Taking into consideration the unexpected loss of working hours, various colleges around the city overruled the “discrete decision” of the Deputy Commissioner (Bengaluru Urban) and made Wednesday a working day after two days of holidays. Attendance was thin in the colleges for the first few hours but by and large students were making an attempt to get to their classes.

“People who use public transport are more prone to take out their own vehicles for convenience which has increased traffic-related problems in the city. This has made it difficult to follow a safe time-table to commute to and from the college,” said Mariam Fernando, III BCA, who shared her sense of happiness of getting to spend a longer weekend.

Yuvaraj G, an Ola driver, said that some roads were freer without buses. “Traffic signals were peaceful to handle,” he said. He added that more people were seen taking the option to share/carpool the cab more than ever before.

Private buses plying along the normal routes of BMTC and KSRTC buses were seen more on Tuesday than that on the first day of the strike. They were allowed to be parked and even pick-up points were made possible at Kempegowda Bus Station, Majestic.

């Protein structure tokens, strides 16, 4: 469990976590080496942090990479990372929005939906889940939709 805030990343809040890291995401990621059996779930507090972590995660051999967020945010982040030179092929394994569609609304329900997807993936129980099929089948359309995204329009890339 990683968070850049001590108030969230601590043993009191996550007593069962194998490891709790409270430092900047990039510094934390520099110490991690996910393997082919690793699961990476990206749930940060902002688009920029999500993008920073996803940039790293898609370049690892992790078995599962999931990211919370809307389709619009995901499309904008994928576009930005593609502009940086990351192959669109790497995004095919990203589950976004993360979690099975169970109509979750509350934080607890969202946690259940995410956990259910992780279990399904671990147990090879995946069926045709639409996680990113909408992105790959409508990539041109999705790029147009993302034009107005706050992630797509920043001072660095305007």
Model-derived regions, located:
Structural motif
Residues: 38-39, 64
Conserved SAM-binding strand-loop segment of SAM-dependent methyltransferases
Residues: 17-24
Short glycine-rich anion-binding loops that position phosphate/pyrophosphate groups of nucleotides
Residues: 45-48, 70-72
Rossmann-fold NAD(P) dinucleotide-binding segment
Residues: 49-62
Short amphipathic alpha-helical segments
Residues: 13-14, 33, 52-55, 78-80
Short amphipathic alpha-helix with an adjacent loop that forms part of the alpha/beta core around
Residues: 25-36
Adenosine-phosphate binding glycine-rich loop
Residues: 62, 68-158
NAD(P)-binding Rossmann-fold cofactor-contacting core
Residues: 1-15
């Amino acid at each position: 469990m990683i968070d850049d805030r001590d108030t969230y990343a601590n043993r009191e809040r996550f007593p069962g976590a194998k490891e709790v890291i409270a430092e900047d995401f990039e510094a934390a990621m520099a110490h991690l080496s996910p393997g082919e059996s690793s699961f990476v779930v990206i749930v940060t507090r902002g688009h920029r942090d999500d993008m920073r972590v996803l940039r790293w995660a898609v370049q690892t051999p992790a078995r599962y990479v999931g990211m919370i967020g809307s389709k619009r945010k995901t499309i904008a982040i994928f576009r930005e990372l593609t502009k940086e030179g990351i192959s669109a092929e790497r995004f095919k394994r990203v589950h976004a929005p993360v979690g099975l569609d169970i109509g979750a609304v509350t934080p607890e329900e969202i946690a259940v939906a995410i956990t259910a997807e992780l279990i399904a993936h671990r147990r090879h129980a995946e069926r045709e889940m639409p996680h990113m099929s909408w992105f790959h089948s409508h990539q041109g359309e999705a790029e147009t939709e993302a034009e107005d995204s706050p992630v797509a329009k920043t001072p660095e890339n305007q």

Commuters complained of private buses taking the situation for granted charging twice or even thrice the price of a normal bus ticket.BasavaLinga, who travels from Majestic to Whitefield and back, found it difficult to manage his daily budget for transportation due to this. “I’m spending Rs 170 each day now over the expense of Rs 50 which was for a normal day. Reaching a metro station without buses is also a major challenge,” he said.

The Beacon spoke toMurugesh, a private bus driver at Kalassipalaya, who said that they were “running on high risk.” These drivers are keeping an eye out for trouble from an irate public in some places in the City. He added that the ticket fares they charged was reasonable when compared to how they risked their lives to serve the needy people.